The new 5 percent tariffs president Donald Trump intends to levy on Mexico, which is now the United States' largest trading partner on account of Trump's trade war on China, will initially lead to the loss of 400,000 jobs throughout the U.S.
This number will jump significantly when Mexico implements its own punitive counter-tariffs targeted at states which voted for Trump in the 2016 presidential election. These mostly agricultural Red states include Texas, which is Mexico's largest export market. The tariffs will initially cost Texas more than 117,000 jobs.
Latest reports say Mexico has already drawn-up a list of American exports it will hit with higher tariffs on June 10, the date Trump said his 5 percent tariffs will take effect. These Trump tariffs are set to rise 5 percent every month until October when they reach 25 percent.
An analysis by The Perryman Group, an economic consulting firm, concludes Trump's anti-Mexico tariffs are a huge economic gamble that might backfire on Trump.
"To impose tariffs on all goods from our largest trading partner will cause significant cost increases and other harms to the economy," said Ray Perryman, Ph.D. and CEO of the Perryman Group. "The fallout could be much greater over time."
The Perryman Group report said much of the job losses will occur in the retail trade sector, which includes clothing, furniture stores, restaurants and auto parts dealers. This sector stands to lose 136,516 jobs in total, said Perryman. In addition, more than 50,000 jobs from the manufacturing industry stand to evaporate.
"Free trade is clearly beneficial," wrote Perryman. "Basic economic theory and centuries of evidence support this fact."
Trump's protectionist and mercantilist trade war and its reliance on punitive tariffs to attain economic and political ends make a mockery of free trade.
Perryman said the tariffs on Mexico will increase direct costs by some $28.1 billion each year. Including multiplier effects, the U.S. economy stands to lose $41.5 billion in GDP for each year the tariffs are in place.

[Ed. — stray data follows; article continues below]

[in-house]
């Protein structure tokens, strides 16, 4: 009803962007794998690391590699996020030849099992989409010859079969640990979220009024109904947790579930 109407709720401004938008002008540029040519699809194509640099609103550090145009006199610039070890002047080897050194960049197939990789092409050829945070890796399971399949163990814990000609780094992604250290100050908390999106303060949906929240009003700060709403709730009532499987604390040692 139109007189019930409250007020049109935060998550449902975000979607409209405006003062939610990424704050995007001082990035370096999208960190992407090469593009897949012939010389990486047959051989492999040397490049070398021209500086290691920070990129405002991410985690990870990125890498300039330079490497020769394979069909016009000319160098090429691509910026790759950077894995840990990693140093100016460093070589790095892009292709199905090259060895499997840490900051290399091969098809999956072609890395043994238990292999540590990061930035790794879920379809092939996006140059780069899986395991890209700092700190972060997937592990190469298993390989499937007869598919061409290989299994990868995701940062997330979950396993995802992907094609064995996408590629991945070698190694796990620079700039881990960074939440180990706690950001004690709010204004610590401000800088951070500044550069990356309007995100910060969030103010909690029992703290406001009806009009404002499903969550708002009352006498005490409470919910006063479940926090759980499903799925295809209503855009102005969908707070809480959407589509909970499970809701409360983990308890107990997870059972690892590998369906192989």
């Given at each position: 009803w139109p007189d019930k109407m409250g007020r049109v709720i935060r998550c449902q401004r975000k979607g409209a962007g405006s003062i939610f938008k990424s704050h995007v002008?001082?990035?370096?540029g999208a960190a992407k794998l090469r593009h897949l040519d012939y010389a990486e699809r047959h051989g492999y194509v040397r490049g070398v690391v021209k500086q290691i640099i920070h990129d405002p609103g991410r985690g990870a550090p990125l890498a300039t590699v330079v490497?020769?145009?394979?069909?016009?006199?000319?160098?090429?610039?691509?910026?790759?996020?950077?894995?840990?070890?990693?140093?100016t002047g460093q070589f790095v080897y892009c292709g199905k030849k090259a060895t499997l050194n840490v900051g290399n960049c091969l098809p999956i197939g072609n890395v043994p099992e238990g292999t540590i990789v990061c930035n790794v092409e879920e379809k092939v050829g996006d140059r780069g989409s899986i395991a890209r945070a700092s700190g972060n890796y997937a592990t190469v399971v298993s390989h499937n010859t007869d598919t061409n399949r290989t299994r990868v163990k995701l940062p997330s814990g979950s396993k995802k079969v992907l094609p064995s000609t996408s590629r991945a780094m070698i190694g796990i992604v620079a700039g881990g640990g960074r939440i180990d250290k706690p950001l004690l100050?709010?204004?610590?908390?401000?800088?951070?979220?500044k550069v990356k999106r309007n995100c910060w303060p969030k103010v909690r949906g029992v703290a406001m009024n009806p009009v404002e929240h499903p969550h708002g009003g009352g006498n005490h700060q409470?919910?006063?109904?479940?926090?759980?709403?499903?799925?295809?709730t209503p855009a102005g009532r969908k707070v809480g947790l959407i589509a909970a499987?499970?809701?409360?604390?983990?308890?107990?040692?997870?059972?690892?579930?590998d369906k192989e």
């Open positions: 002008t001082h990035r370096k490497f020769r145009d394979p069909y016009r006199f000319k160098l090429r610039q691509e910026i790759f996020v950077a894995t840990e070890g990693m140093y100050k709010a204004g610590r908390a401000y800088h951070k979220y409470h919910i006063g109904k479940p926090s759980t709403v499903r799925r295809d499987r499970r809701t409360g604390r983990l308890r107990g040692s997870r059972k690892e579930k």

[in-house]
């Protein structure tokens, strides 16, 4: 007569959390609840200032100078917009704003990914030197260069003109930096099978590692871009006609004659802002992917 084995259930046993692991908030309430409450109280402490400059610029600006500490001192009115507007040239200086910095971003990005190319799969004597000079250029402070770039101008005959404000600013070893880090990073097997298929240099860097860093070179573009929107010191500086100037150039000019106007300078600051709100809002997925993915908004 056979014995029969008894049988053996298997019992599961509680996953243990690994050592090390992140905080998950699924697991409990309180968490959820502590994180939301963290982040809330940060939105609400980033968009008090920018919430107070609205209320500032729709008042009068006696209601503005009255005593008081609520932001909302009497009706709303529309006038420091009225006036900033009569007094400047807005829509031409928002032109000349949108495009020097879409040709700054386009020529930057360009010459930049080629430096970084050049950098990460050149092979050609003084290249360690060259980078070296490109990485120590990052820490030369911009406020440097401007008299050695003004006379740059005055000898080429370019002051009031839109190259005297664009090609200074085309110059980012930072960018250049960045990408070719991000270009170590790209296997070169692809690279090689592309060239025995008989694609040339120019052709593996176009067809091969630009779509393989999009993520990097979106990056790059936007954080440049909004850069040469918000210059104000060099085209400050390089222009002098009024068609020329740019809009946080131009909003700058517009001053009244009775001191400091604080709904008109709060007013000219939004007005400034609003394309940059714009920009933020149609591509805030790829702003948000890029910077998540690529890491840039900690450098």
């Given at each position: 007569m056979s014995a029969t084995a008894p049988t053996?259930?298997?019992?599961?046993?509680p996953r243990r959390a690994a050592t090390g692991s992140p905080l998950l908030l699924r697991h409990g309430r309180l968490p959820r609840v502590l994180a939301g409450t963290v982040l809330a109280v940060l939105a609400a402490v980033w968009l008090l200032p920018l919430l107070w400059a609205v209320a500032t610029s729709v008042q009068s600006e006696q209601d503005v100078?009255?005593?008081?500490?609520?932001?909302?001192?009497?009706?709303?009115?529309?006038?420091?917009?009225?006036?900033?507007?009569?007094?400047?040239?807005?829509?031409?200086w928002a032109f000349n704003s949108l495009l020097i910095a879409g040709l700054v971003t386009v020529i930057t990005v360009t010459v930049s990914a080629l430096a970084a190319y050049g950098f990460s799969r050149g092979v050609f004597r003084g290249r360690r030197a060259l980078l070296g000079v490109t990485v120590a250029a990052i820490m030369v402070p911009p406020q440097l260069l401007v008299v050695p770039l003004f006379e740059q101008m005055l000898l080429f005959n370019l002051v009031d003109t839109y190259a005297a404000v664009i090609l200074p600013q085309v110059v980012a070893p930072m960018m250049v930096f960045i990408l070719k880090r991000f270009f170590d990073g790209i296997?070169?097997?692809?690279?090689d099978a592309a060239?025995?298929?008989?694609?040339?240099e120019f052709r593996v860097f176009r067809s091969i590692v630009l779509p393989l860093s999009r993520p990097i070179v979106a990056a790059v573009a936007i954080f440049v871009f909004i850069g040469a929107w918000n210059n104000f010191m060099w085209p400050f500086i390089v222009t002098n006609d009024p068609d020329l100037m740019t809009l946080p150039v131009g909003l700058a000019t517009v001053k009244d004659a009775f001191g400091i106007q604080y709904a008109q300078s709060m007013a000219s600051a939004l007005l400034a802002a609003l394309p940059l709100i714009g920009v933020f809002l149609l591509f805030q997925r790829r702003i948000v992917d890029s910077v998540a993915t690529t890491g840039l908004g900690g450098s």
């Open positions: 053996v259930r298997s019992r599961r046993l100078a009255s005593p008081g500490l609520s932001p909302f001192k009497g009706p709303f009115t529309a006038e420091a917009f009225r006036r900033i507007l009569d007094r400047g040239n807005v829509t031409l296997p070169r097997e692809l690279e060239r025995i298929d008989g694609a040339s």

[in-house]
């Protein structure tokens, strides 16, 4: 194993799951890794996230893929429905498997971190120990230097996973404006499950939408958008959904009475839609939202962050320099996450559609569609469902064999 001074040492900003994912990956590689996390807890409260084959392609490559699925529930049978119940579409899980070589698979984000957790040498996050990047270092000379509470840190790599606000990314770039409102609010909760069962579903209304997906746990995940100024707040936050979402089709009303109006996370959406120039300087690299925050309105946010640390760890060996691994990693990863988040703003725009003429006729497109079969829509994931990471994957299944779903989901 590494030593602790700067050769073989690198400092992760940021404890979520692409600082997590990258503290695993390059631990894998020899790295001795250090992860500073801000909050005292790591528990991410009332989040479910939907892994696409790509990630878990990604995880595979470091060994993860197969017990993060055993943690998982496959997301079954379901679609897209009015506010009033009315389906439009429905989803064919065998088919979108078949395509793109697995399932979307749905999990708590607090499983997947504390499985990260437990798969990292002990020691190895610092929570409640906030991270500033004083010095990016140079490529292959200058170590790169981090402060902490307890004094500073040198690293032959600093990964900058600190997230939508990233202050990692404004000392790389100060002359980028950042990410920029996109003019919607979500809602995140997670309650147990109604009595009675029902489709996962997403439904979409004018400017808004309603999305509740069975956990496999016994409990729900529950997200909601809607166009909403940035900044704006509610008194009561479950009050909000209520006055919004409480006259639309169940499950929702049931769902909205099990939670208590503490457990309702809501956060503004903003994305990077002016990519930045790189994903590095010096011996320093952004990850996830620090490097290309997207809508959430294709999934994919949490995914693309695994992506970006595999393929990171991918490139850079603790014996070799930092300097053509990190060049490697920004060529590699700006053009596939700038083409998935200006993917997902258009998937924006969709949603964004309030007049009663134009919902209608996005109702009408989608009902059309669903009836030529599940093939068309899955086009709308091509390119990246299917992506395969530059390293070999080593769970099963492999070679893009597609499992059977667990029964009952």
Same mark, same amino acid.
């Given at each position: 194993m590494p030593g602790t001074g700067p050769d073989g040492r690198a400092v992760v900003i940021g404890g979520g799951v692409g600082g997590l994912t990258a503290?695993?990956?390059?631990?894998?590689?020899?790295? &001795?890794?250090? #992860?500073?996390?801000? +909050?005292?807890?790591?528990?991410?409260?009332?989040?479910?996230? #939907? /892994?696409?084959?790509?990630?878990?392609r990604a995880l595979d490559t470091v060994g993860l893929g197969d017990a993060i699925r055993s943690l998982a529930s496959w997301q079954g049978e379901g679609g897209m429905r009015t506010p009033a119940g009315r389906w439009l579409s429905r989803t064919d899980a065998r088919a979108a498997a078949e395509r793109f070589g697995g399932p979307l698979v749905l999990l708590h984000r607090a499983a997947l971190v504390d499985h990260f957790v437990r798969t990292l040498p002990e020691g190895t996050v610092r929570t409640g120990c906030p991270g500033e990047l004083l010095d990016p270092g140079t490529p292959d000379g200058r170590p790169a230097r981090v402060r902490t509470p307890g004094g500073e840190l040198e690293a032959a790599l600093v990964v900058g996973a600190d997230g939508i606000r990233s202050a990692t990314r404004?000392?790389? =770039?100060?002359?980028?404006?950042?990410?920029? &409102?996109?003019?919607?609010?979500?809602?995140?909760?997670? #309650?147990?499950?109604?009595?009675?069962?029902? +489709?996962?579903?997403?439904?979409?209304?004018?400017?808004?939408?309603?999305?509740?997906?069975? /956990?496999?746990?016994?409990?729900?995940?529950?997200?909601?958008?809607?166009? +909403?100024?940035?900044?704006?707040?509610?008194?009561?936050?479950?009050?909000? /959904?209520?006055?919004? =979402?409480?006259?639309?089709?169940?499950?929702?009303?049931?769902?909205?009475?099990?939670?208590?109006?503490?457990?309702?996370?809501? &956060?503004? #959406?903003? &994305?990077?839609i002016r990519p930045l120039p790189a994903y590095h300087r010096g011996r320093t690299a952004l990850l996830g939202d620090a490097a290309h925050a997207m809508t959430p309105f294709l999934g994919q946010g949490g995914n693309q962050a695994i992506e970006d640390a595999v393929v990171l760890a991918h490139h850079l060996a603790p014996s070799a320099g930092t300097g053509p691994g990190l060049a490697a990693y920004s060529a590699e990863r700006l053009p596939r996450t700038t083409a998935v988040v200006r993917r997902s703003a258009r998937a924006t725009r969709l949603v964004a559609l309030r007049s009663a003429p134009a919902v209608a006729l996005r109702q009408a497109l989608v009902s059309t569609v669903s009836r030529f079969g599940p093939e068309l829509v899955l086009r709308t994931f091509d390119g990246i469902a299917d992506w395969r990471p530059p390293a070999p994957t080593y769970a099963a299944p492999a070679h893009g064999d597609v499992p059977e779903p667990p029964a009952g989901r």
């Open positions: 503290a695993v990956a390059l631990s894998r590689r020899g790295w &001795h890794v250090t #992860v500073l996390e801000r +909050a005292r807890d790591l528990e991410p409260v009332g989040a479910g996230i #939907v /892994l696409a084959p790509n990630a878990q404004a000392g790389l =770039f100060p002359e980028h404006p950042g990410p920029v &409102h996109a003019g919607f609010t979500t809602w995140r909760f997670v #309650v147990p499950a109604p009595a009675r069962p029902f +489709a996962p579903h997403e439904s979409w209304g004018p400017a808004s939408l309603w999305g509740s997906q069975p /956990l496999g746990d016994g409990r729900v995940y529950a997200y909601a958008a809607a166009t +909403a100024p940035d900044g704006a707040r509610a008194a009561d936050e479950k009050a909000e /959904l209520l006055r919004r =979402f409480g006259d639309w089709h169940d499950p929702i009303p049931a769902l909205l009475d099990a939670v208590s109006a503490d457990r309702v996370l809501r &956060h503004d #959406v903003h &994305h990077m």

Mexico is also key to the profitability of the U.S. auto industry, which also depends very heavily on Mexican-made parts.
Imposing the full 25 percent tariff Trump has threatened will increase the price of vehicles sold in the U.S.by an average of $1,300, according to an estimate by Deutsche Bank.
Perryman warns the economic pain will be even greater when Mexico retaliates by imposing punitive tariffs, which will force a decline in American exports. He said is firm's analysis only covers the immediate effects of the 5 percent tariff hike.
The overall economic picture will be more devastating if Trump pushes through with his threat to levy 25 percent tariffs on all Mexican exports to the U.S.
Perryman said his estimate also doesn't include job losses caused by the escalating trade war between the United States and China.
The 400,000 job loss estimate might even be conservative if the 25 percent tariffs on Mexico go into effect and are sustained, said Russell Price, senior economist at financial services firm Ameriprise Financial.
"The economic pain of getting to that level however, very likely precludes it from happening," noted Price.
Trump's threatened tariffs on Mexico have alarmed business groups, investors and lawmakers, including Republican senators who have blindly supported Trump. The Business Roundtable warned the tariffs are a "grave error" that will ignite "significant economic disruption."
This article originally appeared in IBTimes US.